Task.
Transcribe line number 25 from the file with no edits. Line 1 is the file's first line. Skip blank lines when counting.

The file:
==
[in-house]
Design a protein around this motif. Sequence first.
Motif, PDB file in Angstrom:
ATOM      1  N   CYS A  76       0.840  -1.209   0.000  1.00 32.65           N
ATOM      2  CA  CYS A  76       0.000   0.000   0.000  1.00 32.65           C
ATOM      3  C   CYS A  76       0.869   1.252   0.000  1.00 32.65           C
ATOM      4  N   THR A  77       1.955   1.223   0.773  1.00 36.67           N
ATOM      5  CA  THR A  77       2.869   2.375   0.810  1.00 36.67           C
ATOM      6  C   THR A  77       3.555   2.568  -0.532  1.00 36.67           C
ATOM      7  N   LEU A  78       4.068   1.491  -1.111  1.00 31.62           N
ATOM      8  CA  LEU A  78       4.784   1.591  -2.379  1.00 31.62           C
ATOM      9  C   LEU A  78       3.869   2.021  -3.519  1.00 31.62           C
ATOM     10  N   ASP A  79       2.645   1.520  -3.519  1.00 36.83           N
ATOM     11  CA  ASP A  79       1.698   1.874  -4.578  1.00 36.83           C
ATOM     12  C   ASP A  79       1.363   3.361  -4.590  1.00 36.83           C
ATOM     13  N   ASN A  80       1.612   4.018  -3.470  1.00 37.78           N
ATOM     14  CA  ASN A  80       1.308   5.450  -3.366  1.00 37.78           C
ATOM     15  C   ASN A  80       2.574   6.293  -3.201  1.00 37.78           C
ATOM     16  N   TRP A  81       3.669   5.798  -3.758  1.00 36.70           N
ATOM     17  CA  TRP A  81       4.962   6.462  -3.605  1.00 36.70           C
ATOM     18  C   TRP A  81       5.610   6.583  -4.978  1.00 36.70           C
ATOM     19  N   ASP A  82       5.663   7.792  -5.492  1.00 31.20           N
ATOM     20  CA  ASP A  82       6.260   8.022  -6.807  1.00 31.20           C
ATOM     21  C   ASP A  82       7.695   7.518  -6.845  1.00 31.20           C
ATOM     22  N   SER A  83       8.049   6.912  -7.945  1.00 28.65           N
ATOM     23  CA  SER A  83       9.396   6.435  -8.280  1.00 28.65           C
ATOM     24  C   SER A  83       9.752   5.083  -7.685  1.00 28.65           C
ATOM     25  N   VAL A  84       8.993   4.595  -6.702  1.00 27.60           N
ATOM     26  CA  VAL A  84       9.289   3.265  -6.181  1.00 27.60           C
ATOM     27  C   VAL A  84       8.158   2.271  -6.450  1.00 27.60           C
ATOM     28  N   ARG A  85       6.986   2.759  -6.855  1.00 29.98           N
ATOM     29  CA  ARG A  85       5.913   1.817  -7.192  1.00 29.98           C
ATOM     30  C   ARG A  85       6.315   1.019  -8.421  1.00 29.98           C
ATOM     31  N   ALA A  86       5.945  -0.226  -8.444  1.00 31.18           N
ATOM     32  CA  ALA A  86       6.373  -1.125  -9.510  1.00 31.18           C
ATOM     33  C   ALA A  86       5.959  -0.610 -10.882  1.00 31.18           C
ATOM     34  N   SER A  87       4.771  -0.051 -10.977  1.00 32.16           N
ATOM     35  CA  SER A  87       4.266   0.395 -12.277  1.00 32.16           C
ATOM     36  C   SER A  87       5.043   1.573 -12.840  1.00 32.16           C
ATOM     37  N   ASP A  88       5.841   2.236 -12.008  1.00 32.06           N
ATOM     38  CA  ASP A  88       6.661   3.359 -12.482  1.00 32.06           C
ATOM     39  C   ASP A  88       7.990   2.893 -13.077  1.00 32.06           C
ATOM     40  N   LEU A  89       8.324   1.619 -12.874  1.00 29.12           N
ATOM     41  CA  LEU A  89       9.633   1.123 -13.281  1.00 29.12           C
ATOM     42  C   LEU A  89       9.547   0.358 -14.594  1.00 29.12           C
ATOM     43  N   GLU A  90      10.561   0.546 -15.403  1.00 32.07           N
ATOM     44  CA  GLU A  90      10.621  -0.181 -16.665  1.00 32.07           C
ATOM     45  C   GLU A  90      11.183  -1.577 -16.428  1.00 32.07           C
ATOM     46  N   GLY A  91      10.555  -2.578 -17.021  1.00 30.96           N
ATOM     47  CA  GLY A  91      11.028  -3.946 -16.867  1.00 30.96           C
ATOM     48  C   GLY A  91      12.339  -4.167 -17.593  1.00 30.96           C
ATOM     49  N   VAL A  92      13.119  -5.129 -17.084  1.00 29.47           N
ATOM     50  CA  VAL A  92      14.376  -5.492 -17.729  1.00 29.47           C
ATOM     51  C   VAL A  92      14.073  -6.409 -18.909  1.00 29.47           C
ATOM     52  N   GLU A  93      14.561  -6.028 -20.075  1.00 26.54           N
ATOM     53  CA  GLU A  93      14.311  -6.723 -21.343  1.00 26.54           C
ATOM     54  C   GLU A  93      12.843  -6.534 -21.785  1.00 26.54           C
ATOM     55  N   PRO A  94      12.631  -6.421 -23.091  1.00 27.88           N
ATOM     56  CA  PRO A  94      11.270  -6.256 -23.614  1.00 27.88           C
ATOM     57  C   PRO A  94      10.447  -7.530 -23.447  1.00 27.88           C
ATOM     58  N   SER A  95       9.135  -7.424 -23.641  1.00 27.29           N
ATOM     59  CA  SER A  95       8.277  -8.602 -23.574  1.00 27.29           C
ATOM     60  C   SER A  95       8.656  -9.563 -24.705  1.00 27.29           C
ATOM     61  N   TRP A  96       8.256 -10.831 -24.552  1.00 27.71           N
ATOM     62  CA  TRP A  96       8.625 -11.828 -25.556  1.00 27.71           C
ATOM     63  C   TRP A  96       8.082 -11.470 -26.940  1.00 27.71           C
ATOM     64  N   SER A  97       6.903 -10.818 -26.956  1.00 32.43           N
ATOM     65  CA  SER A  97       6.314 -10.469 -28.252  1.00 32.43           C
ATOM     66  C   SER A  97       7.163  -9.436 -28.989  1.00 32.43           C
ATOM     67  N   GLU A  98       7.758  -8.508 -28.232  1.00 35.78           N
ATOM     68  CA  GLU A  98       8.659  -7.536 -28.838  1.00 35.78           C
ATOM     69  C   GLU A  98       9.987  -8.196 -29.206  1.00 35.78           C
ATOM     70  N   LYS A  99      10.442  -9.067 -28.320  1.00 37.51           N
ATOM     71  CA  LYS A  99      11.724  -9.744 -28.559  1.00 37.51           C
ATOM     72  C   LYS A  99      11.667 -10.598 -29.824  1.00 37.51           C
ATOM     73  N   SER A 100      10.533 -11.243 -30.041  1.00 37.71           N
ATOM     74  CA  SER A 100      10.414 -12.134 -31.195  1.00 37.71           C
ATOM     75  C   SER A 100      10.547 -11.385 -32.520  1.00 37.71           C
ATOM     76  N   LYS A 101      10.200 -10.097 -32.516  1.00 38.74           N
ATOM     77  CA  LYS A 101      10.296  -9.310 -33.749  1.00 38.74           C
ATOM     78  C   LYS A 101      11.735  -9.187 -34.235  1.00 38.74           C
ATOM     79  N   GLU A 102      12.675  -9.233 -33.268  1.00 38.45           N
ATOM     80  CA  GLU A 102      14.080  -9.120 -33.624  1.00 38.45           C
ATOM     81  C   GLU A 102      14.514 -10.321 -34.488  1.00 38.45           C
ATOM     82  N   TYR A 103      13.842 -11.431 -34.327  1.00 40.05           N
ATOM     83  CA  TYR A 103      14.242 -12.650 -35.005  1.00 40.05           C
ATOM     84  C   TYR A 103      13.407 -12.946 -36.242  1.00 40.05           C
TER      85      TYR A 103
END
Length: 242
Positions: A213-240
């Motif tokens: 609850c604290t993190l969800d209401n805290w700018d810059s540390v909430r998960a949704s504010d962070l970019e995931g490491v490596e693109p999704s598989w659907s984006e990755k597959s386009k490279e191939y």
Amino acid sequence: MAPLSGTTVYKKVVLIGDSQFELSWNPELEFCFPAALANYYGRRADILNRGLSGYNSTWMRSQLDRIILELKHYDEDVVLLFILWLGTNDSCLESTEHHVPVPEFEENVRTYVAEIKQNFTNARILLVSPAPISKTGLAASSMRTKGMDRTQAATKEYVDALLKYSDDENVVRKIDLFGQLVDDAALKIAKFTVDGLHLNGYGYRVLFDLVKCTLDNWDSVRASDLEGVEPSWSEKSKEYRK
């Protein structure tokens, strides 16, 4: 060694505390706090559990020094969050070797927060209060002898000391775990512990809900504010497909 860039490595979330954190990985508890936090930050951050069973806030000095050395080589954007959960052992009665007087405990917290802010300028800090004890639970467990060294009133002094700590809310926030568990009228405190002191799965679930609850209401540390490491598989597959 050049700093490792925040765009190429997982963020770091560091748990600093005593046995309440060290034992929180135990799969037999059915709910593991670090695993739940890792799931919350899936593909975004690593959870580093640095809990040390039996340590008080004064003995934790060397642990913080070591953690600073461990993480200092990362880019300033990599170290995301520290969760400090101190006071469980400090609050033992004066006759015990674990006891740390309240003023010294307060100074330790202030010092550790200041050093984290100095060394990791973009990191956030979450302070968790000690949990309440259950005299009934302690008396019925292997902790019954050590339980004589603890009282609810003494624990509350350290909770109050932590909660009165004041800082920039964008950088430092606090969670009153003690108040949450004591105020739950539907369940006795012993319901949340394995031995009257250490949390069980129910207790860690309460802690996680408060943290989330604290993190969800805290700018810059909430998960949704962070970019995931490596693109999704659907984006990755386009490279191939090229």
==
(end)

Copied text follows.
ATOM     22  N   SER A  83       8.049   6.912  -7.945  1.00 28.65           N